It all started from that page. https://www.gamasutra.com/view/feature/131841/continuous_lod_terrain_meshing_.php?print=1

I didn't quite got what it was all about, so I've looked at this. https://www.researchgate.net/publication/3410916_Terrain_decimation_through_Quadtree_Morphing

Then I've got some understanding. It was about decimating the more distant patches of the terrain. And then I've just wondered about one thing. At every frame, the mesh is re-generated and re-uploaded. Wouldn't it be kinda of slow?

Ran the demo provided in the first link and got just 3 fps. What's the big idea of this "optimization"?

My current code has 1048576 vertices for 1024x1024 heightmap, undecimated, and it runs way faster. His code makes my laptop hot.

Another link. Quadtree vs multiple resolution grids for terrain rendering

That is more useful. It turns out that there might be some mipmapped meshes on the GPU, and the quadtree decides which of them are turned on.

The first question. Is my last guess correct? Second - am I right the first link isn't useful anymore? Third - how this applies to modern Android development (I mean at least GLESv2).

  • \$\begingroup\$ It sounds like you already have an even better answer than we could give you: you profiled the code to see how it actually runs. Now you yourself have everything you need to choose the technique that gives you the performance you need. What more are you wondering? We're not going to tell you to use something slower than your current method if it works fine for you. ;) \$\endgroup\$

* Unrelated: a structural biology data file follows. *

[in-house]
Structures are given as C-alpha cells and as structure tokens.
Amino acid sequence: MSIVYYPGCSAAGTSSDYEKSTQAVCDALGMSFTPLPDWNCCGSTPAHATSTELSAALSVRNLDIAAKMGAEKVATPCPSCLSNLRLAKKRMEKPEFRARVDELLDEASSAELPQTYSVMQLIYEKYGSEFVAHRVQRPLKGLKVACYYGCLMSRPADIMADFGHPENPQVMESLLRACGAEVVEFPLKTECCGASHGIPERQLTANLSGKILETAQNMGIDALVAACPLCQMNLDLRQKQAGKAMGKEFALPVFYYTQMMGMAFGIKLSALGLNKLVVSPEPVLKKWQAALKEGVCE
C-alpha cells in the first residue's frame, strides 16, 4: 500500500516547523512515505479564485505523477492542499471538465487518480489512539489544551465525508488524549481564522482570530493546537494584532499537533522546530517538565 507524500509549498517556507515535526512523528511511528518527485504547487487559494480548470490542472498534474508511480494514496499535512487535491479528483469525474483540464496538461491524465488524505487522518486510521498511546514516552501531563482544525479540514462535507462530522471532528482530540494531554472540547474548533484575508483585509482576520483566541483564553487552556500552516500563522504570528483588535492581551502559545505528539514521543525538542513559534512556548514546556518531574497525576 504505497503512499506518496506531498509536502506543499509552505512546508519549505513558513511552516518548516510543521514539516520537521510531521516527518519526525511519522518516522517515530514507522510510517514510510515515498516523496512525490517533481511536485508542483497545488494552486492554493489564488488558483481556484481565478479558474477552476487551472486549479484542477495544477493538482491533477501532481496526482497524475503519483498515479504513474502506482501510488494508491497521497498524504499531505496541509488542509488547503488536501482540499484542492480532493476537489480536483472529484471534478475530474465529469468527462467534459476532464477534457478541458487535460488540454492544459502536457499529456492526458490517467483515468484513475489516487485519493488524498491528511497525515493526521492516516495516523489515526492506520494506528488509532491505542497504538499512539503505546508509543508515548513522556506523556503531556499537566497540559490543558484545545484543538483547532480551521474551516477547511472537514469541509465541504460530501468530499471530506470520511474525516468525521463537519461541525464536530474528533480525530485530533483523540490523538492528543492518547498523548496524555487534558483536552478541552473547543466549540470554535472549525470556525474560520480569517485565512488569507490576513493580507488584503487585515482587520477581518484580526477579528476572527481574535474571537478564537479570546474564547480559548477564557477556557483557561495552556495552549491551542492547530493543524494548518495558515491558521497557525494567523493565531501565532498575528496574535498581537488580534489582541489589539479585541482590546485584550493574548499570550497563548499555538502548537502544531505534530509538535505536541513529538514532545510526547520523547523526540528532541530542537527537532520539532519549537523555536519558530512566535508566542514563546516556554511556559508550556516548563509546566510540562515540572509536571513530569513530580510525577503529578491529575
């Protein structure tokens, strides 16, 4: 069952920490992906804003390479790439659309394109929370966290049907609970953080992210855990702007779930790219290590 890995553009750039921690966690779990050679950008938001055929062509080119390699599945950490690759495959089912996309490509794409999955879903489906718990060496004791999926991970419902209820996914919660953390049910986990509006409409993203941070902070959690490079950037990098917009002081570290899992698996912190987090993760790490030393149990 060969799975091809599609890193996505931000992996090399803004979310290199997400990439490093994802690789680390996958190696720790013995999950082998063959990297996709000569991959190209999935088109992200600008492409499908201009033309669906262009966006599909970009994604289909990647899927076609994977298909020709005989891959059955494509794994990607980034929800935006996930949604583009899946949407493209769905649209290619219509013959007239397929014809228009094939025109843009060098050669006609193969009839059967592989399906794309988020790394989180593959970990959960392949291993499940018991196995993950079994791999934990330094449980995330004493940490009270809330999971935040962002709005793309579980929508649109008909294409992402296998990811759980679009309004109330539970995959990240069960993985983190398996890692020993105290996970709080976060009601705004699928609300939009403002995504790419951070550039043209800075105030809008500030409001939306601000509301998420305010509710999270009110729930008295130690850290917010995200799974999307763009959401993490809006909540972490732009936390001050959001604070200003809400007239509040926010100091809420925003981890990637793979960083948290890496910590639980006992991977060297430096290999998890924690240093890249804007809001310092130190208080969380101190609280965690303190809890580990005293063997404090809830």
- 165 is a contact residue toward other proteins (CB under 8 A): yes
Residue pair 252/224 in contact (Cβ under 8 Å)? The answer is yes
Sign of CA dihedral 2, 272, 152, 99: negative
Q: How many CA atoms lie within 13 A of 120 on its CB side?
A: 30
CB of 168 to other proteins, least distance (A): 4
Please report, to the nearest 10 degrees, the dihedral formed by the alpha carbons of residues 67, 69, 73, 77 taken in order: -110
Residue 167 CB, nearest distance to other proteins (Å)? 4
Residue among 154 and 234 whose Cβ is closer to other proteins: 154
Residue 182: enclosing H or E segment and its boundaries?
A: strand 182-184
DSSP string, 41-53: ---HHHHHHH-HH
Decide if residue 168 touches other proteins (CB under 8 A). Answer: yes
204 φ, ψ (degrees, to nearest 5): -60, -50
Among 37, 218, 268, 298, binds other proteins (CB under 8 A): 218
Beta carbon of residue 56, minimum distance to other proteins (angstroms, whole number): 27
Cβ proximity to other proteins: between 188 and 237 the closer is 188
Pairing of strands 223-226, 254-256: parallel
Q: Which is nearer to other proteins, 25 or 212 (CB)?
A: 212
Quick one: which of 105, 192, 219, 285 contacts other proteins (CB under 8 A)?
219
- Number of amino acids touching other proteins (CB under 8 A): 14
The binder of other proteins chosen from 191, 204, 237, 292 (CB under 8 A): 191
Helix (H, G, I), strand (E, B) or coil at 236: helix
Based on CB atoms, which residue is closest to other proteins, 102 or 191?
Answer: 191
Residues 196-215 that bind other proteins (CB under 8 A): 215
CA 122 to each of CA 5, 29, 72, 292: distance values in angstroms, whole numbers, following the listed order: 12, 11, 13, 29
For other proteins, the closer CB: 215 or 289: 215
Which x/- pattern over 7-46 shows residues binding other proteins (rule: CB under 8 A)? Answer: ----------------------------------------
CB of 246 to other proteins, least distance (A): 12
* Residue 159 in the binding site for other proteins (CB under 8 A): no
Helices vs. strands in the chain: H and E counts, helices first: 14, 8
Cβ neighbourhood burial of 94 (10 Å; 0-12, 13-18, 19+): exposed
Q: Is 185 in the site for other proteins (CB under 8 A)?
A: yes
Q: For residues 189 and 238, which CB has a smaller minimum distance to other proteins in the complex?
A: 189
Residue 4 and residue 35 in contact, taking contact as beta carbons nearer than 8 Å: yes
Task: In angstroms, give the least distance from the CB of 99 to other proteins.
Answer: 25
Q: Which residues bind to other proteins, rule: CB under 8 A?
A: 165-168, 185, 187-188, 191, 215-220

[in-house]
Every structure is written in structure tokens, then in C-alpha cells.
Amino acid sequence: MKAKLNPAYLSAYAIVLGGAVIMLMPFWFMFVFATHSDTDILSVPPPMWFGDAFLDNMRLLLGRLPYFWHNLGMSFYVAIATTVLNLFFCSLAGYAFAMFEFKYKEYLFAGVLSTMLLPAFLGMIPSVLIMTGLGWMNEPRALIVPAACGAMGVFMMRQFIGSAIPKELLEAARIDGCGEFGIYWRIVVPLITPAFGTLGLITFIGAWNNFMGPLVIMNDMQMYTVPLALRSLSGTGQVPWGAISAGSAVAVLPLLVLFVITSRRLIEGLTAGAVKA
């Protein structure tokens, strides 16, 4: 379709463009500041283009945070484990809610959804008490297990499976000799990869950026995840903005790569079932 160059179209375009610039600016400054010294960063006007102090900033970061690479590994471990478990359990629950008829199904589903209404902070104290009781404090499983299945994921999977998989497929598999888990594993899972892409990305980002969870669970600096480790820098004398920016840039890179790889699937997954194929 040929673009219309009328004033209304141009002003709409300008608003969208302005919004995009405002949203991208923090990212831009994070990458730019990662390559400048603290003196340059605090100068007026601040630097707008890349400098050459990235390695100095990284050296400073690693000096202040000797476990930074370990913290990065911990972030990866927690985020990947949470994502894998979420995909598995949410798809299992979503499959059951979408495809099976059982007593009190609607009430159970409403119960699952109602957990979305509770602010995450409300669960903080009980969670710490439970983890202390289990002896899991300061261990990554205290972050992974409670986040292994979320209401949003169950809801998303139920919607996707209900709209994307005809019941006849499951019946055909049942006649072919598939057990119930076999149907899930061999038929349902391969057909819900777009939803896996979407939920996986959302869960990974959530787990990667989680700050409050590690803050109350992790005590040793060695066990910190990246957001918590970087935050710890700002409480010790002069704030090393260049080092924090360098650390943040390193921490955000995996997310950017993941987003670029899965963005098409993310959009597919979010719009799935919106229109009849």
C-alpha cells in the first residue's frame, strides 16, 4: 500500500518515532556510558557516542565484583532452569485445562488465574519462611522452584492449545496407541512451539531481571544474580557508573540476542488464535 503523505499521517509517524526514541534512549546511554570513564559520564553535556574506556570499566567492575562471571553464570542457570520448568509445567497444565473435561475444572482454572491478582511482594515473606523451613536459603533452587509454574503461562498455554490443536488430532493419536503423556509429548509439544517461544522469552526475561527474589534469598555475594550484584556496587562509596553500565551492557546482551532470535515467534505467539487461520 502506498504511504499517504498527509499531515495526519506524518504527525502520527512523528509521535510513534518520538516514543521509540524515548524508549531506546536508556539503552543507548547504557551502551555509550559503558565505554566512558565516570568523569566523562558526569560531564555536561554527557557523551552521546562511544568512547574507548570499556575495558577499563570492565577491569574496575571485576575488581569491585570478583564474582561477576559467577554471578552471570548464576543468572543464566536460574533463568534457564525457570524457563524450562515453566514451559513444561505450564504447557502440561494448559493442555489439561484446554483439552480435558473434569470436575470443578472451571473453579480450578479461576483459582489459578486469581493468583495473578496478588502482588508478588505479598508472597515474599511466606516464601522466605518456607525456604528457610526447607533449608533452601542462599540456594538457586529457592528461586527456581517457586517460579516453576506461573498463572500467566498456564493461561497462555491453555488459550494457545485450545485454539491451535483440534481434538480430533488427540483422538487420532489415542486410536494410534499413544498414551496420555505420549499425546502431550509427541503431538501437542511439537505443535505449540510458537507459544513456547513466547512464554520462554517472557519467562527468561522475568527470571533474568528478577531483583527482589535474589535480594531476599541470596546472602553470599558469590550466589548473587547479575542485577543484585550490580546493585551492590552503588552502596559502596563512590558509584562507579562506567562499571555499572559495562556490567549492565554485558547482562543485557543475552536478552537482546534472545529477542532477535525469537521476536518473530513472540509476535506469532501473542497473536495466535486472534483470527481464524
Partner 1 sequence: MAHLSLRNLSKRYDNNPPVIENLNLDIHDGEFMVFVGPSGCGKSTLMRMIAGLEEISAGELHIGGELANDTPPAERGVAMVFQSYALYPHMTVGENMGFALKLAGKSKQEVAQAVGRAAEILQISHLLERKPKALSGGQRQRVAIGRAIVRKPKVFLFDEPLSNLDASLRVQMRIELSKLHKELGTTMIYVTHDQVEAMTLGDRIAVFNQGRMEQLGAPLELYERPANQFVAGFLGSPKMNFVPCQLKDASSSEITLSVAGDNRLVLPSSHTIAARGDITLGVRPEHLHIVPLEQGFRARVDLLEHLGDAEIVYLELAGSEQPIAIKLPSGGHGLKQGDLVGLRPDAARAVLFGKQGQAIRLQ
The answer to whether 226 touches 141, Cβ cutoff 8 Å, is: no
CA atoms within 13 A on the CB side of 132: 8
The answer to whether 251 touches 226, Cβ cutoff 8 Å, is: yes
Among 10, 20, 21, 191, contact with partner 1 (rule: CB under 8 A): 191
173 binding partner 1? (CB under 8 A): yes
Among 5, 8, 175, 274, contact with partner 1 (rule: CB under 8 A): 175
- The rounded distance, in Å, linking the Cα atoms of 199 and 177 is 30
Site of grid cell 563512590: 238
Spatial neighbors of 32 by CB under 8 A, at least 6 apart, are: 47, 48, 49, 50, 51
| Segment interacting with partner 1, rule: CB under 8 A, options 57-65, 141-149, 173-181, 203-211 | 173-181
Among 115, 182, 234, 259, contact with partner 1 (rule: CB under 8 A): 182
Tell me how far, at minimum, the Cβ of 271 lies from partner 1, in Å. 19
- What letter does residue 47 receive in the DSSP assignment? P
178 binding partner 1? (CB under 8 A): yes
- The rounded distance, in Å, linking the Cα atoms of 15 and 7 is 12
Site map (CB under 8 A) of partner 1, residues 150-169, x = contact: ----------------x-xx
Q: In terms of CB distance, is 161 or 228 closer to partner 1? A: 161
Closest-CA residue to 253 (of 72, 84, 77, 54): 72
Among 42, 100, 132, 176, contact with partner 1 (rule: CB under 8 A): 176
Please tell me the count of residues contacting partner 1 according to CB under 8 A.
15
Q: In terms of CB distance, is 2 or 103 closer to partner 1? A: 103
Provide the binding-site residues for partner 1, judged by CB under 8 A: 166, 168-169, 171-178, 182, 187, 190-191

– DMGregory
    Sep 27 '18 at 11:23
  • \$\begingroup\$ I've thought some more on it and found a better way. Imagine that I have a fixed mesh that always follows LookAt function center except for z coord. It is log space in +x and -x, exp space in +y and -y(forward to camera) and 0 z. It is flat nonlinear terrain. Then I displace it in vertex shader with a texture. The texture is mapped to world space, the mesh in view space. So when the camera moves the vertices would have different values while the mesh would not move. \$\endgroup\$
    – user120910
    Sep 28 '18 at 2:44
  • \$\begingroup\$ And because it's a terrain, the world space is also the tangent space. So the normals for such a dynamic terrain might be calculated with just 3x3 Sobel kernel over the heightmap. \$\endgroup\$
    – user120910
    Sep 28 '18 at 6:34

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